The Name: Appear Here
The Place: Omnipresent in that it lets out retail space all over the country but if you want to be pedantic about it, headquartered in Hoxton, East London and run by a small team of around 10 staff.
The story: The founder of Appear Here is so young, it’s not even decent. Ross Bailey should probably be studying hard for an MBA or something. Still, you can’t keep a lad with ideas shut up in a library can you, so here he is on Innovative Retailers with the cosmic idea he put into practice about a year ago of exploding the old-fashioned and stuffily legalistic world of … retail leases.
Leases? Excuse me, I think I may just have a quick lie down while you talk: Oh no you don’t! By the time you wake up the pop-up shop will have opened, caused a sensation and closed down again. We have left the age of 25-year leases, buddy, and entered the era of ‘blink and you might have missed it’.
OK. OK. I’m awake: Good, so it’s an online market-place which brings together vacant retail space and people who might want that space. Simple.
Is that it? Yes. Bailey’s vision is that it could be an AirBnB for shops. Across the world a space for your goods, a brand launcher, a one-off pop up, whatever you want. You can instantly see if a unit in the required district of New York, Barcelona, Maidstone is available for you.
Hmm the golden triangle. And what sort of time frames are we talking: The minimum is one day and an informal maximum is one year but according to Bailey most deals are struck for a couple of weeks to a couple of months. As you would expect Appear Here takes a commission on every transaction done – according to the boss the standard amount any operator in this kind of field such as HouseTrip would take – about 10-20%.
But surely this is all a legal minefield? No, that’s just what they want you to think.
Aha. A conspiracy. Who’s they? Old-style landlords who want to sign things in fountain pens in wood-panelled offices in the City. Bailey concedes that the landowning fraternity is basically a conservative one. But even they have to take into account that in 1991 the average lease length was a reassuring 20 years, by 2001 that had dropped to less than 10 years and in 2011 it was less than five. So Bailey is really just taking a natural progression that bit further. Kind of.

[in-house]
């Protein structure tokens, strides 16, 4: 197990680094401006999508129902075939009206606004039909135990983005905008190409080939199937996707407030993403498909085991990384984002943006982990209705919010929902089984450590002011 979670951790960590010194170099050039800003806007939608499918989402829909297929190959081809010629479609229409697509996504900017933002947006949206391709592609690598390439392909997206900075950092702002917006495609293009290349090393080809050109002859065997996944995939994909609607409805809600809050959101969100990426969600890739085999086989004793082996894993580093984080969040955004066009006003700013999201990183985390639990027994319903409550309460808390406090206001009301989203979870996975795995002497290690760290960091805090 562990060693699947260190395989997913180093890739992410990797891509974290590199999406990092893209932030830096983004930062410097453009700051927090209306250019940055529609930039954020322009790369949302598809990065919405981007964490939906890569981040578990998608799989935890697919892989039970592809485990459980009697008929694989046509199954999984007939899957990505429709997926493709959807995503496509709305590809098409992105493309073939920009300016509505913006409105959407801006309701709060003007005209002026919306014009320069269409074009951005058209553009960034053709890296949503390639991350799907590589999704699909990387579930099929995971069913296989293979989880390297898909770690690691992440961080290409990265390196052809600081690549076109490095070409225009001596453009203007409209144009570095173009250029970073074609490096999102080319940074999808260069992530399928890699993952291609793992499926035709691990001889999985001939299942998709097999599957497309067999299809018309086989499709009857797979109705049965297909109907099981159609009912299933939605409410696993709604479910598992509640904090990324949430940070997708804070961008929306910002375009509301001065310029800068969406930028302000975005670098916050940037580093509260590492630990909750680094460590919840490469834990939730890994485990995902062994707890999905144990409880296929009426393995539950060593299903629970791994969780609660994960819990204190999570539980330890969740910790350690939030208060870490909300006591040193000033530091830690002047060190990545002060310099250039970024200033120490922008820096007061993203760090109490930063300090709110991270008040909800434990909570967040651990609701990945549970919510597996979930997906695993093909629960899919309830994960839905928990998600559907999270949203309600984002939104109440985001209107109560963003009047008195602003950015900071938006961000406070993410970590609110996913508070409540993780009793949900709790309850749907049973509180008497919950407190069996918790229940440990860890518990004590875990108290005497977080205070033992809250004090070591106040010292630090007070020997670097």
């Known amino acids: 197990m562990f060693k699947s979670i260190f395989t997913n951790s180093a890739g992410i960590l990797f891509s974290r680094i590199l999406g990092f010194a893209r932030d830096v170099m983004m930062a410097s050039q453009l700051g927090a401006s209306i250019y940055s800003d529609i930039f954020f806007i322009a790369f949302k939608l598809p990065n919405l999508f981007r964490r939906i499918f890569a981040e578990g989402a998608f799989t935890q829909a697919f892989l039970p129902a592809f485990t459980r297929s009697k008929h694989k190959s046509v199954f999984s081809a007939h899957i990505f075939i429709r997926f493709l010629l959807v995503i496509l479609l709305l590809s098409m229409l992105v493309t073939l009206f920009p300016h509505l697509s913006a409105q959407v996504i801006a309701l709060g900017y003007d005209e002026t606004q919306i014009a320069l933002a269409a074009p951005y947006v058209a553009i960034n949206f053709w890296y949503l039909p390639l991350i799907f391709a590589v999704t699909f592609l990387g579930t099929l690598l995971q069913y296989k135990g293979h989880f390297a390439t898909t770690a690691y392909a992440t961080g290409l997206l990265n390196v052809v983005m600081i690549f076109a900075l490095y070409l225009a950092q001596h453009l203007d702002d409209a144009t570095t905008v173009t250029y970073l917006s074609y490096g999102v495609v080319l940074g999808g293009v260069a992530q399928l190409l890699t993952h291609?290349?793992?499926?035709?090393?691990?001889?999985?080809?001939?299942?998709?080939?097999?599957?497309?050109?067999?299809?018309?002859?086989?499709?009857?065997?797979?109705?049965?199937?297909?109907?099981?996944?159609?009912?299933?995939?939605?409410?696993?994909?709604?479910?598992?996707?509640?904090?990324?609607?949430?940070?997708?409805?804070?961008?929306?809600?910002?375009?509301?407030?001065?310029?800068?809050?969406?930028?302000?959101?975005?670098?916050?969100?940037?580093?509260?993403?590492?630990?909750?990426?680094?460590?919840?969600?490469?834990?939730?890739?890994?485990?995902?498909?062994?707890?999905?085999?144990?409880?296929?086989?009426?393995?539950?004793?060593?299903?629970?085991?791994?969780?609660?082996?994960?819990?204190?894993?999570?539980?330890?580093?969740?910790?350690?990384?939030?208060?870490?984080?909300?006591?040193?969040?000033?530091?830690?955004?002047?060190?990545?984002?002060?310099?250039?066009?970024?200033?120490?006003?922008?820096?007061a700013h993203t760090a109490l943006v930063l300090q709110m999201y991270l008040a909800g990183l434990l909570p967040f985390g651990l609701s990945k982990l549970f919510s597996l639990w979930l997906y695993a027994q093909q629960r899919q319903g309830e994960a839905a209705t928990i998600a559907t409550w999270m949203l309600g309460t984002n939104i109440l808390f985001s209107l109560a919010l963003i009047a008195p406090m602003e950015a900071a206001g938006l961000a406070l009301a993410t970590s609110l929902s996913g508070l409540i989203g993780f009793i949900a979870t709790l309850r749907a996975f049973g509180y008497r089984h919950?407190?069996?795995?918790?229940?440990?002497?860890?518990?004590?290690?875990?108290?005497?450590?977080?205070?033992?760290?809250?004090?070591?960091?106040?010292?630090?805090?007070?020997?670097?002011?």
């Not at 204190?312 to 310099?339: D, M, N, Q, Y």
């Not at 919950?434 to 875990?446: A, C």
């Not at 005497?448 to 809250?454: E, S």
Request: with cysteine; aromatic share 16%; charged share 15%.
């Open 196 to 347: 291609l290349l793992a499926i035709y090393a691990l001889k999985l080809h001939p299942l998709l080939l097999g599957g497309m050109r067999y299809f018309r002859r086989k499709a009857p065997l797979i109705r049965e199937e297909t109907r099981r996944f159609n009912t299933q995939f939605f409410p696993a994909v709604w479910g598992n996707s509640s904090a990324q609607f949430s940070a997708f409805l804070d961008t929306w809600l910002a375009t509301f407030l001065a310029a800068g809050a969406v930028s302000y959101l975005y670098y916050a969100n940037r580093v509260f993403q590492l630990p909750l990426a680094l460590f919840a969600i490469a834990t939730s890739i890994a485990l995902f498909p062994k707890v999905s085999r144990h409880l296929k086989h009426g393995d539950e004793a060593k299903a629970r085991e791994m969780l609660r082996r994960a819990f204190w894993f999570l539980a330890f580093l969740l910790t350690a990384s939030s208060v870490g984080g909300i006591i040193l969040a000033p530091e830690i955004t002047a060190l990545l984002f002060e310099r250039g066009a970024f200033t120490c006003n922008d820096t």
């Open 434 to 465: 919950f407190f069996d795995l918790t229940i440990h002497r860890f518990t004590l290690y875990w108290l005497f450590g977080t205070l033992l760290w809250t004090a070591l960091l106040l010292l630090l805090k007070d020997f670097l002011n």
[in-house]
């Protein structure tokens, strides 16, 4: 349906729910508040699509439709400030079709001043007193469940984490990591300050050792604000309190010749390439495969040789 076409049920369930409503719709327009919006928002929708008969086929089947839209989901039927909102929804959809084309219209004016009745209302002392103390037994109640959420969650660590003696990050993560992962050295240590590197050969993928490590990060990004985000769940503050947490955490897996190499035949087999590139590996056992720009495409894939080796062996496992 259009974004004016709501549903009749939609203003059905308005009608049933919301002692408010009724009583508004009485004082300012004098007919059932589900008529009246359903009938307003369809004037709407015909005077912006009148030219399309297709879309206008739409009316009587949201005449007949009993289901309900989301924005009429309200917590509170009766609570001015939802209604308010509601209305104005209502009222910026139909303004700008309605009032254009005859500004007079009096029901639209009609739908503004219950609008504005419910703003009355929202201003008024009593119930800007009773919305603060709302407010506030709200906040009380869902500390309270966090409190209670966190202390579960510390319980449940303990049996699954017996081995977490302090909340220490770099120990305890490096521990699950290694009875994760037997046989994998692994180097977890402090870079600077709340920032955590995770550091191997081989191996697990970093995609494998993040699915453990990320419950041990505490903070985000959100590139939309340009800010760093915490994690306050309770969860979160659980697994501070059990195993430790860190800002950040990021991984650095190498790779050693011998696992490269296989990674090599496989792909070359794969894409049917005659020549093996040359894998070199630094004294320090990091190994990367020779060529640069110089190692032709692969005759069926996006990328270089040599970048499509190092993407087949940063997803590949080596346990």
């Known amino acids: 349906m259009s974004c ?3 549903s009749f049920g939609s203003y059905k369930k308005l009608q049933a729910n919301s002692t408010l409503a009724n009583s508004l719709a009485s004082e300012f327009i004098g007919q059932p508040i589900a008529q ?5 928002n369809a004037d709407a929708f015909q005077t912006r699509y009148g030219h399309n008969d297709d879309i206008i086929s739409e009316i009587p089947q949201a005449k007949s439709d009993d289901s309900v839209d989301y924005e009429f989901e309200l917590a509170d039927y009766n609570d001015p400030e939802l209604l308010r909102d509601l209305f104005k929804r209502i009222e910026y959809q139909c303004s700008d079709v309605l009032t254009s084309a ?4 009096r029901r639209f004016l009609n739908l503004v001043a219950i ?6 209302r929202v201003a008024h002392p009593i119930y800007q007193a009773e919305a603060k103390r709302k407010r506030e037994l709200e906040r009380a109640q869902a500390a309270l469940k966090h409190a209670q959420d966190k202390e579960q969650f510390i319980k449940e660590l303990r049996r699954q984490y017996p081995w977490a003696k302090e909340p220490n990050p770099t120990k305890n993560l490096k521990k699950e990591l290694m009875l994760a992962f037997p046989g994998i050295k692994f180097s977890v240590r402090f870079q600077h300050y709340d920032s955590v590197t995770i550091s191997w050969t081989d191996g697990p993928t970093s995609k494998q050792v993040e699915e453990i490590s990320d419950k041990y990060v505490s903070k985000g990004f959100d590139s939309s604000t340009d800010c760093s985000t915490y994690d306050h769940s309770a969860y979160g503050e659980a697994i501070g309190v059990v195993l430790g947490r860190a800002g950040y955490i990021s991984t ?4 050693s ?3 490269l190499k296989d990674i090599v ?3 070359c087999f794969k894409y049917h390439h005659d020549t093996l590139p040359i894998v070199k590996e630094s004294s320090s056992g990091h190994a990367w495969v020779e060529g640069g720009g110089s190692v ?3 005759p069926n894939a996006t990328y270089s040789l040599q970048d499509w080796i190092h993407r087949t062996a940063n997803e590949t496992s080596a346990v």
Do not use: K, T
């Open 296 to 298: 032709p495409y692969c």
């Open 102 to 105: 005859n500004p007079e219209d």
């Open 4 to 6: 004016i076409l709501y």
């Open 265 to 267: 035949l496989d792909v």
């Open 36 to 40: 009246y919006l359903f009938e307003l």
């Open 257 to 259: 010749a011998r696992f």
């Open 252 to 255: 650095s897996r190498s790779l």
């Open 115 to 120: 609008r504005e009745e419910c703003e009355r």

Yes, but it’s a far cry from oak panels to this sort of thing: True, Appear Here clients upload their own legals, or use the standard license agreements. Everything is double checked, signed online and clients can pay monthly or upfront – the advantage of that is you do not have to prove you are a steadfast and solid member of the retail community you just need the readies and you’re in.
Now I get it, it’s full of shysters: Please. There are 3,000 to 4, 000 account holders at Appear Here and it is everyone from luxury goods, to brands who occasionally want to launch shops like Microsoft and Google to small independents like WreckLondon.
Who? Clothes. Anyway, the buyers highlight their retail preferences in mail-outs. The landlord has a ‘concierge’ who looks after them and brings good fits to their attention.
And where might these good fits mainly be? Obviously, most business is done in key metropolitan districts like London, Edinburgh, Manchester and Bath. And in all of these places consumers do like a bit of pop-up action.
Don’t they mind it might not be there when they return in a month? Not a bit of it. The online presence is now viewed as the flagship store that is always open and always there. Bricks and Mortar have become the transient part of the deal. So pop-ups provide a bit of street theatre, get in some food carts too and voila! – a vibrant street scene. Anyone with an idea can open a short term shop and add to the retailtainment – and crucially landlords are getting increasingly interested in that aspect too.
I think they’d rather just bank the money don’t you? Well, Bailey has a good metaphor – between the scheduled programmes on a TV listings, the broadcaster does not just leave the screen blank. They titillate you with other offerings to keep you interested. Same should be the case with shop space. An empty unit is a terrible lead in to the next long term tenant, put something snappy in there for a couple of months and everyone is happy. A great landlord, Bailey cites the West End player Shaftesbury, gets it.
OK, got a question. How does all this work in a shopping centre for example? May I use Mr B’s TV analogy again. He thinks the best operators in this field and he admits there are some very forward thinking ones should use a kind of viewing figures method. If people stop watching a programme, it gets shunted off air. The shoppers are the audience and if they are not giving a certain, albeit long-term paying retailer the time of day then… off with their lease.
Blimey. He doesn’t mind does he? Actually that is not the most surprising thing about Appear Here’s effects on retail property. The fact which seems most revolutionary is that just when we thought online had it all sewn up, it turns out that consumers don’t just want to look at a screen – they want shops from their brands that aren’t even retailers. Collaborative consumption, the sharing economy.
What? They want to say explain your product to me Mr GoogleMan in a shop environment to get that human interaction. In other words, it turns out we want sometimes to be able to buy software, or a service, from an online player but in front of another human to create an experience. Microsoft don’t want to set up a chain of shops but when they organise a retail presence for a short time via Appear Here people lap it up.
And what is the most popular street in the metropolis for Appear Here? Surprise me: The Kings Road, Chelsea – at one stage it had six or seven pop-ups along its length.
Just goes to show you can teach an old dog new tricks.
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